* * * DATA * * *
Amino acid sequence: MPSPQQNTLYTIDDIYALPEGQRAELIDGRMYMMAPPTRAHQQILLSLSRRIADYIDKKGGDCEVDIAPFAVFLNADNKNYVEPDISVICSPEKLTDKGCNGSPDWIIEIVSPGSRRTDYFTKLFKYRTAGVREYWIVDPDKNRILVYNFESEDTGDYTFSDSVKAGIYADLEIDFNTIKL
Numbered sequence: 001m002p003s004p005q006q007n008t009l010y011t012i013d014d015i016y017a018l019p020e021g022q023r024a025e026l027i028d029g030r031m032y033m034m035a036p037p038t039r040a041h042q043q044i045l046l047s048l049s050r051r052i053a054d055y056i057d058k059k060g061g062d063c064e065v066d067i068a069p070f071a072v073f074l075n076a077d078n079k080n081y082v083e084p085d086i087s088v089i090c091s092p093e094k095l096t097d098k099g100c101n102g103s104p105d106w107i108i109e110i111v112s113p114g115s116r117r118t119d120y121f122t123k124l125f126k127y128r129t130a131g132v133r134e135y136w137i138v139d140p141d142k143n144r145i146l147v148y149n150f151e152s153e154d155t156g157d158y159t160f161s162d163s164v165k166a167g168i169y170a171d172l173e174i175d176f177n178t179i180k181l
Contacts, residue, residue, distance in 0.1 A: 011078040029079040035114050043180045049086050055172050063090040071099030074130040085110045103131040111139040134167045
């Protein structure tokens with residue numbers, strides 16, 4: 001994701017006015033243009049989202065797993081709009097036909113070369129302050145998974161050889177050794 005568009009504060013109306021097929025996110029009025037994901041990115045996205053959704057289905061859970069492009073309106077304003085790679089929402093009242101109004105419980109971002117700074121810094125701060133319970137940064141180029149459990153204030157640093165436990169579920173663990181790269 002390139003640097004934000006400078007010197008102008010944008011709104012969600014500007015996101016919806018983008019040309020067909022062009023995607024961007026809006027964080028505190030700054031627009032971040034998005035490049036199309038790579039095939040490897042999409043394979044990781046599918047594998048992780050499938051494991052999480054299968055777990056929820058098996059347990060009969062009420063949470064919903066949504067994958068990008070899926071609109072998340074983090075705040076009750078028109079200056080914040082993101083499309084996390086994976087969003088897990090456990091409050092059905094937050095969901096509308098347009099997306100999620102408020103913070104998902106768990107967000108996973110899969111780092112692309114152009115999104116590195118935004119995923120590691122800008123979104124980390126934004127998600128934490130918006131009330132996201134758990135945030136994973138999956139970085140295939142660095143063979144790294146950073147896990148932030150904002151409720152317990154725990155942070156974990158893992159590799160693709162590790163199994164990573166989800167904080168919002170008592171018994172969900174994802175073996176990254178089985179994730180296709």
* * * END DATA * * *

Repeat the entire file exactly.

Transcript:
Amino acid sequence: MPSPQQNTLYTIDDIYALPEGQRAELIDGRMYMMAPPTRAHQQILLSLSRRIADYIDKKGGDCEVDIAPFAVFLNADNKNYVEPDISVICSPEKLTDKGCNGSPDWIIEIVSPGSRRTDYFTKLFKYRTAGVREYWIVDPDKNRILVYNFESEDTGDYTFSDSVKAGIYADLEIDFNTIKL
Numbered sequence: 001m002p003s004p005q006q007n008t009l010y011t012i013d014d015i016y017a018l019p020e021g022q023r024a025e026l027i028d029g030r031m032y033m034m035a036p037p038t039r040a041h042q043q044i045l046l047s048l049s050r051r052i053a054d055y056i057d058k059k060g061g062d063c064e065v066d067i068a069p070f071a072v073f074l075n076a077d078n079k080n081y082v083e084p085d086i087s088v089i090c091s092p093e094k095l096t097d098k099g100c101n102g103s104p105d106w107i108i109e110i111v112s113p114g115s116r117r118t119d120y121f122t123k124l125f126k127y128r129t130a131g132v133r134e135y136w137i138v139d140p141d142k143n144r145i146l147v148y149n150f151e152s153e154d155t156g157d158y159t160f161s162d163s164v165k166a167g168i169y170a171d172l173e174i175d176f177n178t179i180k181l
Contacts, residue, residue, distance in 0.1 A: 011078040029079040035114050043180045049086050055172050063090040071099030074130040085110045103131040111139040134167045
């Protein structure tokens with residue numbers, strides 16, 4: 001994701017006015033243009049989202065797993081709009097036909113070369129302050145998974161050889177050794 005568009009504060013109306021097929025996110029009025037994901041990115045996205053959704057289905061859970069492009073309106077304003085790679089929402093009242101109004105419980109971002117700074121810094125701060133319970137940064141180029149459990153204030157640093165436990169579920173663990181790269 002390139003640097004934000006400078007010197008102008010944008011709104012969600014500007015996101016919806018983008019040309020067909022062009023995607024961007026809006027964080028505190030700054031627009032971040034998005035490049036199309038790579039095939040490897042999409043394979044990781046599918047594998048992780050499938051494991052999480054299968055777990056929820058098996059347990060009969062009420063949470064919903066949504067994958068990008070899926071609109072998340074983090075705040076009750078028109079200056080914040082993101083499309084996390086994976087969003088897990090456990091409050092059905094937050095969901096509308098347009099997306100999620102408020103913070104998902106768990107967000108996973110899969111780092112692309114152009115999104116590195118935004119995923120590691122800008123979104124980390126934004127998600128934490130918006131009330132996201134758990135945030136994973138999956139970085140295939142660095143063979144790294146950073147896990148932030150904002151409720152317990154725990155942070156974990158893992159590799160693709162590790163199994164990573166989800167904080168919002170008592171018994172969900174994802175073996176990254178089985179994730180296709």